Software, in particular, typically is equally amenable to licensing or sales models. In a word, control is typically the most compelling reason to license your IP rather than selling it. Freedom from ongoing duties to buyers is often a compelling reason to sell it. Video game makers, particularly those who make games for play on the Internet or otherwise among gaming “communities” seem increasingly have settled on the licensing model because they think it enables them to insure a level playing field for all of their customers. Inevitably, however, their customers feel, or at least want to feel that they own the software they purchased.

So what are the principal factors courts use to differentiate a license from a sale? Case law seems to be coalescing around three. Considering how one wants to address each may help individual IP owners decide whether licensing or selling works better for them.

The first seems obvious, what the agreement says. If it says it is a license, it more likely is.

The second is whether the IP owner significantly restricts users’ ability to transfer the software. In a recent Ninth Circuit case concerning the World of Warcraft game, the court held that restrictions prohibiting re-sale, restricting transfer to those who agreed to abide by the end user license agreement and requirements that the transferor delete all of its copies, evidenced a license rather than a sale.

The third is whether the IP owner imposes significant restrictions on the manner in which the software may be used. The court in the World of Warcraft case held that restrictions on the locations in which the software could be used , prohibitions on use with third-party software and reservation of a right to alter the game or suspend users evidenced a license.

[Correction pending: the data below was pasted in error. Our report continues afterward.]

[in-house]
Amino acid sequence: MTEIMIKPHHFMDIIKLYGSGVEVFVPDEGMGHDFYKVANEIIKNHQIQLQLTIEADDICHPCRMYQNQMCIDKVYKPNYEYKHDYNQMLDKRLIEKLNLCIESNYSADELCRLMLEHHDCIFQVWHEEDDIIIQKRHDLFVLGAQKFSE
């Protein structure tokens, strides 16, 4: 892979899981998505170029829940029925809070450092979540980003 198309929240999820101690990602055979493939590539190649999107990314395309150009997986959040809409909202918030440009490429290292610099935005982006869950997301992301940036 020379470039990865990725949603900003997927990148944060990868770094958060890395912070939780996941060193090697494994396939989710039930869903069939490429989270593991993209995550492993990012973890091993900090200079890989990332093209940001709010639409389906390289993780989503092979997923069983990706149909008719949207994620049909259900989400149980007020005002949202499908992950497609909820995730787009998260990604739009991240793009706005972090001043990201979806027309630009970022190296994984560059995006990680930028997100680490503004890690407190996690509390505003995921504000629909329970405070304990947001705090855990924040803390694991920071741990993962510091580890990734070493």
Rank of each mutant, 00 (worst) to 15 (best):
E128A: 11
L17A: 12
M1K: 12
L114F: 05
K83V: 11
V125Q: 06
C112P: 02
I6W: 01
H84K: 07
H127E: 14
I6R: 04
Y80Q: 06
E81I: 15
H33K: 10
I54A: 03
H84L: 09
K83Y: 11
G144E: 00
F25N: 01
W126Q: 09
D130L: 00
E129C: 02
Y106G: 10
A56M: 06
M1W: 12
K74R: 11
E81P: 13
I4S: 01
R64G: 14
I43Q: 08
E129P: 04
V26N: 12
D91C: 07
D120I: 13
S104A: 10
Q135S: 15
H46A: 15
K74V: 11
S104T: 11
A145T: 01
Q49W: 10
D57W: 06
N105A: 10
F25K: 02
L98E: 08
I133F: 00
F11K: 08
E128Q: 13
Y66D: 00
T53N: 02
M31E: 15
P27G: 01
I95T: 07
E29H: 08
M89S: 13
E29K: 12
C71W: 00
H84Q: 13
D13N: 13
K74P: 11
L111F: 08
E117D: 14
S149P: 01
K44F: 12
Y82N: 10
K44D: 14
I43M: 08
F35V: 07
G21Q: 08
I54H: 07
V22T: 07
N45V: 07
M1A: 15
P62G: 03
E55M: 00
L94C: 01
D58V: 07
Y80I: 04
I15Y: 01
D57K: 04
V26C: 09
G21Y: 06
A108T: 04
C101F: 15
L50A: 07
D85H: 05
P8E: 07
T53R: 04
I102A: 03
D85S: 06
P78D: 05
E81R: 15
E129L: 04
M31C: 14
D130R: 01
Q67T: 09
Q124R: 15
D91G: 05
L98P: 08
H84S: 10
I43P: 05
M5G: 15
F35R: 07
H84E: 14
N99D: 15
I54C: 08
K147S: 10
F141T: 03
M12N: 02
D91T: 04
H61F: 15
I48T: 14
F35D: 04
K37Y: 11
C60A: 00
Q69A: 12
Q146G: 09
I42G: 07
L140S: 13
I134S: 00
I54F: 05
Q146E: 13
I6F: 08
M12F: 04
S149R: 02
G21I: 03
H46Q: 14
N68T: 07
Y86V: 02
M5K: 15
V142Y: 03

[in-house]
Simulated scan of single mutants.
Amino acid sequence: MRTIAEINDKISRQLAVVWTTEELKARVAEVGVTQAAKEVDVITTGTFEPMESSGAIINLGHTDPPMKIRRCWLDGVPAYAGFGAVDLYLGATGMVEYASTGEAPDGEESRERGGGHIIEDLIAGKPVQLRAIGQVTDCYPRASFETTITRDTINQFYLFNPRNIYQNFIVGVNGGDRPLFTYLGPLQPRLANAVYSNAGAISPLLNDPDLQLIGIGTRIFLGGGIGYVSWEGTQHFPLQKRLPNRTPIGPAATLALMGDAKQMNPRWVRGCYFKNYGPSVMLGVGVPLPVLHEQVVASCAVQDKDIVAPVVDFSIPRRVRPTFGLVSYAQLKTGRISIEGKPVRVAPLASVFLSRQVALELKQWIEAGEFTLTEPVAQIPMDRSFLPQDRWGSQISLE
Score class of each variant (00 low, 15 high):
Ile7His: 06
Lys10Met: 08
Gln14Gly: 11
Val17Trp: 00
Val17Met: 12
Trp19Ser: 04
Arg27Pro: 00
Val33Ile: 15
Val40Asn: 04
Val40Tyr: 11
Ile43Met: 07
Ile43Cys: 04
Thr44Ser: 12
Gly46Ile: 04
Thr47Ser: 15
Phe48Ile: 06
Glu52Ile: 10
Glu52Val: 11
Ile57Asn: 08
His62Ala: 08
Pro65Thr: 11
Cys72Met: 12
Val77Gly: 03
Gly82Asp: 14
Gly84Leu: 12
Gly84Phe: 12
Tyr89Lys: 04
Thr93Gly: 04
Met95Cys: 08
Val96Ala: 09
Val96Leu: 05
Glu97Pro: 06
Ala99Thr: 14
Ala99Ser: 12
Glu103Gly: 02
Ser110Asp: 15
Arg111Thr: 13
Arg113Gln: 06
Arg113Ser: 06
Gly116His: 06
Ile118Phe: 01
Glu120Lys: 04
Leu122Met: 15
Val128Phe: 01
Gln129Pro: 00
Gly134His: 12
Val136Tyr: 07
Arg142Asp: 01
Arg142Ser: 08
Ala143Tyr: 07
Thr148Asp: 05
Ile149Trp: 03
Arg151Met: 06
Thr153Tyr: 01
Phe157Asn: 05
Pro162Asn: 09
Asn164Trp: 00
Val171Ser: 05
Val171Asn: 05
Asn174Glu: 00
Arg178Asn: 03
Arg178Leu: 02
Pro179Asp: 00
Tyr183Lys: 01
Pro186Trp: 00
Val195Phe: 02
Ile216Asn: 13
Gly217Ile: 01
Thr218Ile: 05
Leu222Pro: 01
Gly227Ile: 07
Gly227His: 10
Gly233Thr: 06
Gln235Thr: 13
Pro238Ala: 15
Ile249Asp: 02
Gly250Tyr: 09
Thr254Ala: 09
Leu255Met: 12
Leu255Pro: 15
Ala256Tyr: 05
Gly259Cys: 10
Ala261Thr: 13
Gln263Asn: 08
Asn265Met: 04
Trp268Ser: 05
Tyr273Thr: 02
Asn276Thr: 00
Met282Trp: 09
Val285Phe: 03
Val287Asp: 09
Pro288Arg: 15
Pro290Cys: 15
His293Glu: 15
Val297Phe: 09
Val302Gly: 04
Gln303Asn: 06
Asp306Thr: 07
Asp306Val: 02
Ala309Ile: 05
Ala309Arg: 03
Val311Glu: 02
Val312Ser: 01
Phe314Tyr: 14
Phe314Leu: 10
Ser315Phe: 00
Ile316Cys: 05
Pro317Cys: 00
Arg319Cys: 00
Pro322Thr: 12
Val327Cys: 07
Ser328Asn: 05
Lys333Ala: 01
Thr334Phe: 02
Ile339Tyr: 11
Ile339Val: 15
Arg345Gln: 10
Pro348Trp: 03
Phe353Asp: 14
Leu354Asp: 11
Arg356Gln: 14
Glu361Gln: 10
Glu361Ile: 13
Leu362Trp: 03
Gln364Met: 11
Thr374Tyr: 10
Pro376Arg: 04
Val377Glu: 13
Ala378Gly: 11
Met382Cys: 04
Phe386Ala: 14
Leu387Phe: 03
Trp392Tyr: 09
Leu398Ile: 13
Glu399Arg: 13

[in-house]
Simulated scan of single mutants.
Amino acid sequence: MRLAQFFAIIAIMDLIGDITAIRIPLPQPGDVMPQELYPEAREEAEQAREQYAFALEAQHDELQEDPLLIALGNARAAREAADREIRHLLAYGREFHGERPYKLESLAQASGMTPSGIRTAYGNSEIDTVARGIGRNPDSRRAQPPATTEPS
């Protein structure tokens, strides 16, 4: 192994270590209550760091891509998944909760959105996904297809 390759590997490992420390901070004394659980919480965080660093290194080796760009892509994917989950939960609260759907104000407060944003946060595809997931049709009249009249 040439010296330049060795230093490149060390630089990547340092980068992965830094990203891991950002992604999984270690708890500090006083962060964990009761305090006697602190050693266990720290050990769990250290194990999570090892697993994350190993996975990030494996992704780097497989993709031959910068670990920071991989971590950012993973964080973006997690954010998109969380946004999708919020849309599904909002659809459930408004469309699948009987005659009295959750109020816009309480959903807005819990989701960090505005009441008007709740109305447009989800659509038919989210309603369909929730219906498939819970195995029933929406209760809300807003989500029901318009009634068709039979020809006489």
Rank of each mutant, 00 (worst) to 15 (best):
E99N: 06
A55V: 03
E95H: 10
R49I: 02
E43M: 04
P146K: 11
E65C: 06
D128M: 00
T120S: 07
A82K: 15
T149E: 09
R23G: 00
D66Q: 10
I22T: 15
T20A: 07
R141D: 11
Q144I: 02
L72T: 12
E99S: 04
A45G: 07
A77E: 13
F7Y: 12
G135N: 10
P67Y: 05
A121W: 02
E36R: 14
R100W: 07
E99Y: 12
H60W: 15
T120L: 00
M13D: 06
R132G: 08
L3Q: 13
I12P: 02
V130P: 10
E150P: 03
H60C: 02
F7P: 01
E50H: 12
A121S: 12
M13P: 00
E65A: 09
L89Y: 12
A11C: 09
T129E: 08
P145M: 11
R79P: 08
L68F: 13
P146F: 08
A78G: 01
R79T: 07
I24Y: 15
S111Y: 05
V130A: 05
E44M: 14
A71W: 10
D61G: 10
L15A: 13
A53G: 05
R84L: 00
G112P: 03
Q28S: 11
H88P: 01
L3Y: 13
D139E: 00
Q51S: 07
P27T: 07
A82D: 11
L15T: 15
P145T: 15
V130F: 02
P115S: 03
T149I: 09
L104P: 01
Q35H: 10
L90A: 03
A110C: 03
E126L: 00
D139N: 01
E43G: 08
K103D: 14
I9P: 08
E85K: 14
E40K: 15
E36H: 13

Faster Patent Processing Still Won't Be Fast Enough

Interesting article by Jennifer Martinez on Politico last week: Tech investors call for patent reform, followed by an even more interesting response from a tech VC, Gary Lauder of Lauder Partners, the day after. The essence of the Martinez article is that certain VCs suggest that we need a separate patent regime for software because our existing system is unable to keep up with the rapid pace of software development. Mr. Lauder's response recalls my post from last month in which I questioned whether even 20 months would be fast enough.  Politico quotes him as saying: "The patent backlog is the primary problem, not laws providing fair protections to inventors. The patent backlog for software and Internet patents is now at least 40 months in an industry that re-invents itself several times a year. This is caused by the patent office's revenue being diverted away by Congress, so it can't hire sufficient examiners."

Mr. Lauder went on to highlight one obstacle to patent reform.  Politico quotes him as suggesting: "it may make sense to adopt different rules for software patents (e.g. forced Peer-to-Patent), but I would be concerned that the body that comes up with such rules would not adequately represent the ones who need patents most: start-ups."

Bilski Decision Could Have Serious Consequences for Software Patents

The current case of Bilski v. Doll, U.S., No. 08-964, cert. granted 6/1/09, pending before the Supreme Court, may have broad implications for software patents. While not directly dealing with software, the Bilski patent application deals with a process that some are calling too “abstract” to be patentable. The Bilski invention involves a method of managing risk in a commodities market. The steps of the process do not necessarily require software, a computer, or any other physical implementation, but are merely a series of steps leading to the desired result.